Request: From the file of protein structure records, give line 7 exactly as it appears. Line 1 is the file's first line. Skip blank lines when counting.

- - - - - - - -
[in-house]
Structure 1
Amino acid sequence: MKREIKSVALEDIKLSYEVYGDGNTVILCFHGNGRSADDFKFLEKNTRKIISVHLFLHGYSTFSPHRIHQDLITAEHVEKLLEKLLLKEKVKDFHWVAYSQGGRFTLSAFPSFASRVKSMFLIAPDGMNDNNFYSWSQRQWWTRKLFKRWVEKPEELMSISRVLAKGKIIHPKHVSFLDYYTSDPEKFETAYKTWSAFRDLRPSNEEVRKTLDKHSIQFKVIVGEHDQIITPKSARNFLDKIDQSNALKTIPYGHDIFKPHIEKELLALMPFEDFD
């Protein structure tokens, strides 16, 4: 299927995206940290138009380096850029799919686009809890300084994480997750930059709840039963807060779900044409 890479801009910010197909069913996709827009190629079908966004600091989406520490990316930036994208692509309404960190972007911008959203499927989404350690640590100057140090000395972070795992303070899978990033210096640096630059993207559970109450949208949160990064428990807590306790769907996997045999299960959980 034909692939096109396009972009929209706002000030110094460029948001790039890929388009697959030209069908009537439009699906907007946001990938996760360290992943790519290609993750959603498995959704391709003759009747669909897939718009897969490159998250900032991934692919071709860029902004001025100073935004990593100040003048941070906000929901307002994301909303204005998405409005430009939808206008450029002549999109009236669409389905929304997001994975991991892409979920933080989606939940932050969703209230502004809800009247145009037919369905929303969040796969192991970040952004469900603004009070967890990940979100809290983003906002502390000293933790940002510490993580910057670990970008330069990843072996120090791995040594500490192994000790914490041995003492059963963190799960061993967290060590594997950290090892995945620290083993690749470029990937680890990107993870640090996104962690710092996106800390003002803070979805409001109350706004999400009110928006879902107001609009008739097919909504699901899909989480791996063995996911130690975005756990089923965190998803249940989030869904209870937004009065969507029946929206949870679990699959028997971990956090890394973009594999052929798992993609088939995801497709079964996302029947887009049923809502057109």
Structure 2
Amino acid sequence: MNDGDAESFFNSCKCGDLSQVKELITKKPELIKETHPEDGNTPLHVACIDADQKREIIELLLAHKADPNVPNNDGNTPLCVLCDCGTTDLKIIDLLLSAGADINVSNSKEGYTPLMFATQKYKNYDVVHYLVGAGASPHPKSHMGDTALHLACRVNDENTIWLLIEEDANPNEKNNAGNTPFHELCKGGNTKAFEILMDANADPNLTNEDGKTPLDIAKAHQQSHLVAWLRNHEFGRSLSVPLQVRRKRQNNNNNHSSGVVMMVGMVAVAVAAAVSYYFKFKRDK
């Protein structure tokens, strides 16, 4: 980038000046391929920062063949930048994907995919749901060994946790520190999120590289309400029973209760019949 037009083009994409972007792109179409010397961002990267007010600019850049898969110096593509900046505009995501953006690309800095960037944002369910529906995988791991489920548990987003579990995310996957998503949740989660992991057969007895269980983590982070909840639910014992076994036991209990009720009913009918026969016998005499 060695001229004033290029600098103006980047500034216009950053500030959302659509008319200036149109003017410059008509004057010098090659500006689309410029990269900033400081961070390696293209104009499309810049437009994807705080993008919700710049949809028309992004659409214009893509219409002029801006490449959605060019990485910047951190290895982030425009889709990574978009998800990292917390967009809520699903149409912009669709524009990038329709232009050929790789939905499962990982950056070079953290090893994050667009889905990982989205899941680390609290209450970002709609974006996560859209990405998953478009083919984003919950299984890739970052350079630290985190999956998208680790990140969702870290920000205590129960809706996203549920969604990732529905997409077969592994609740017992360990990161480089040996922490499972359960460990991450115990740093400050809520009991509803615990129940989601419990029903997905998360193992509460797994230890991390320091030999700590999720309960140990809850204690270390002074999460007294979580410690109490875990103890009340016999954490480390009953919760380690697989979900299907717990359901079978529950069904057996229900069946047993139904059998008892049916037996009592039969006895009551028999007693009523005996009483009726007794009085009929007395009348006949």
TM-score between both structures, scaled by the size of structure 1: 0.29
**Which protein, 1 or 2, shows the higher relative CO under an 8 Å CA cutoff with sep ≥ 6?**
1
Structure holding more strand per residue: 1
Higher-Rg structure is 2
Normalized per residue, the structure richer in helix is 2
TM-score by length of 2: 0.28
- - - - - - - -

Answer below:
């Protein structure tokens, strides 16, 4: 980038000046391929920062063949930048994907995919749901060994946790520190999120590289309400029973209760019949 037009083009994409972007792109179409010397961002990267007010600019850049898969110096593509900046505009995501953006690309800095960037944002369910529906995988791991489920548990987003579990995310996957998503949740989660992991057969007895269980983590982070909840639910014992076994036991209990009720009913009918026969016998005499 060695001229004033290029600098103006980047500034216009950053500030959302659509008319200036149109003017410059008509004057010098090659500006689309410029990269900033400081961070390696293209104009499309810049437009994807705080993008919700710049949809028309992004659409214009893509219409002029801006490449959605060019990485910047951190290895982030425009889709990574978009998800990292917390967009809520699903149409912009669709524009990038329709232009050929790789939905499962990982950056070079953290090893994050667009889905990982989205899941680390609290209450970002709609974006996560859209990405998953478009083919984003919950299984890739970052350079630290985190999956998208680790990140969702870290920000205590129960809706996203549920969604990732529905997409077969592994609740017992360990990161480089040996922490499972359960460990991450115990740093400050809520009991509803615990129940989601419990029903997905998360193992509460797994230890991390320091030999700590999720309960140990809850204690270390002074999460007294979580410690109490875990103890009340016999954490480390009953919760380690697989979900299907717990359901079978529950069904057996229900069946047993139904059998008892049916037996009592039969006895009551028999007693009523005996009483009726007794009085009929007395009348006949």